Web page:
Use constitution, women told

Lee-Anne Butler

SOUTH African women should make use of constitutional and other mechanisms which exist to address issues of unemployment, domestic and sexual violence, and poverty, the public protector, Advocate Thuli Madonsela, said yesterday.

Madonsela was speaking to delegates who attended a Democratic Alliance Women’s Network (Dawn) provincial rally at the Pieter Rademeyer Hall in Algoa Park, Port Elizabeth.

Madonsela said while great strides had been made in gender equality since 1994, the government still had a lot to do to assist the many women who were still battling to rise above issues like poverty.

“According to the National Planning Commission, South Africa is one of the most unequal countries in the world. While poverty levels have improved, the gap between the rich and poor has increased.

“Nineteen years into democracy women, particularly black women, remain the poorest,” she said.

Madonsela said the National Planning Commission also found that female-headed households were most likely to be affected by poverty while children from those households were the most likely to go hungry.

The majority of the unemployed were women between the ages of 15 and 34.

Madonsela said there was pressure on girl-children to head up households that had lost parents due to HIV/Aids and also pressure on grandmothers to take care of children who had lost parents to HIV/Aids. She said children from these households were unlikely to break free from poverty.

“Many of these girl-children run the risk of contracting the virus themselves as they sleep with older men in exchange for money and food.

“According to the Institute of Race Relations, of the 11% of the population that have HIV/Aids, 53% are women. The burden of HIV/Aids is being carried by young women between the ages of 15 and 49.” She said while gender equality had improved in the workplace, especially in the public sector, women still lagged behind men when it came to leadership positions in the private sector. “Only 5.3% of women hold chairmanships while 15.8% hold directorships. There are only 35% in senior managerial positions.”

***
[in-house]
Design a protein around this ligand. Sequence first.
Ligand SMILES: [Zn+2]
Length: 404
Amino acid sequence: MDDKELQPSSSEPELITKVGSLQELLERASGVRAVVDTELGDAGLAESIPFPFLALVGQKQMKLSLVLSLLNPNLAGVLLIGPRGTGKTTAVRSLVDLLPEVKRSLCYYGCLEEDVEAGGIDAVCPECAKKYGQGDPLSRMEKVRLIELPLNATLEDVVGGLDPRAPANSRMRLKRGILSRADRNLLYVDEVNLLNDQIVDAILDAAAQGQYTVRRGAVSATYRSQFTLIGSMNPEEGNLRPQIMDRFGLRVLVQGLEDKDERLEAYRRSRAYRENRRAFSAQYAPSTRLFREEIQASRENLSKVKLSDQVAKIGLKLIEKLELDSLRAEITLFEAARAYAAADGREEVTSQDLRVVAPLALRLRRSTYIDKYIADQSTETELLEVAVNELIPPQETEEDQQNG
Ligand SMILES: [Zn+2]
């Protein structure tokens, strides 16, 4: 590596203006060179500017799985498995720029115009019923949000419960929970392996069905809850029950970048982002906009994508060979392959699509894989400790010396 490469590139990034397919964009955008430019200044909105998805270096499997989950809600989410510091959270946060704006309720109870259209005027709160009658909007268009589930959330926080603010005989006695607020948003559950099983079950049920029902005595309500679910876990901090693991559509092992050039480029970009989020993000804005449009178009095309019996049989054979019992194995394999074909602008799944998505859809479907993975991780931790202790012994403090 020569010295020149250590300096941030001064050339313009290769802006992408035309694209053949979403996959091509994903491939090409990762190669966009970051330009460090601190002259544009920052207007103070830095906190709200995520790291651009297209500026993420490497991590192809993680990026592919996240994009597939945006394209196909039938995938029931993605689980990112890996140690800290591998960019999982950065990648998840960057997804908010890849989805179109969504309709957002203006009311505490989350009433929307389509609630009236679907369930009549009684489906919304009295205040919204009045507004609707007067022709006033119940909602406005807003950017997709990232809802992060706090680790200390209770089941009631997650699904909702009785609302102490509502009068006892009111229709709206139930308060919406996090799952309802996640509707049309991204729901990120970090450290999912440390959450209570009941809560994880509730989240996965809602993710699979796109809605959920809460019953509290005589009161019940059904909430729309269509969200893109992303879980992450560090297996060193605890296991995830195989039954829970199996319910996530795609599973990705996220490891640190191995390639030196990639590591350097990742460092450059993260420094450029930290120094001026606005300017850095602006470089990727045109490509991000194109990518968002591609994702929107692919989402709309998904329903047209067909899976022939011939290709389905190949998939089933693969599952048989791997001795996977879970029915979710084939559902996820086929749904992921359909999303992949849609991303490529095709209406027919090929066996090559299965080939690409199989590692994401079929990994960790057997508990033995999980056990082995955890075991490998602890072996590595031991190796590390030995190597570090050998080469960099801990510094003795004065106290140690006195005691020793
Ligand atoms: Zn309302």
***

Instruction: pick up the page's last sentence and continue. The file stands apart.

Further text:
She said rape and sexual and domestic violence were also still a huge issue, with thousands of cases reported each year. Many cases resulted in the perpetrators walking free because the justice system often failed the victims.

Madonsela said these women should make use of various mechanisms, such as the courts and oversight bodies like the public protector, to hold government accountable and put an end to maladministration.

Juanita Douglas, a resident of Ward 49 in Uitenhage, said she had been begging the municipality to rectify her defective RDP home for years, without success. She said she had also written about her problem to the public protector’s office.

Madonsela commended Douglas and domestic abuse survivor Avril Gordon for being brave enough to talk about their plights.

“There must be consequences for those who commit acts of violence against women, and it is because of maladministration and corruption that we are not where we should be after 19 years of democracy,” Madonsela said.

Dawn provincial chairwoman Celeste Barker said Madonsela was a good example of a South African woman who was strong, independent and not swayed by politicians.

She said the organisation would support Douglas and would continue to support Gordon in her legal case against her husband.

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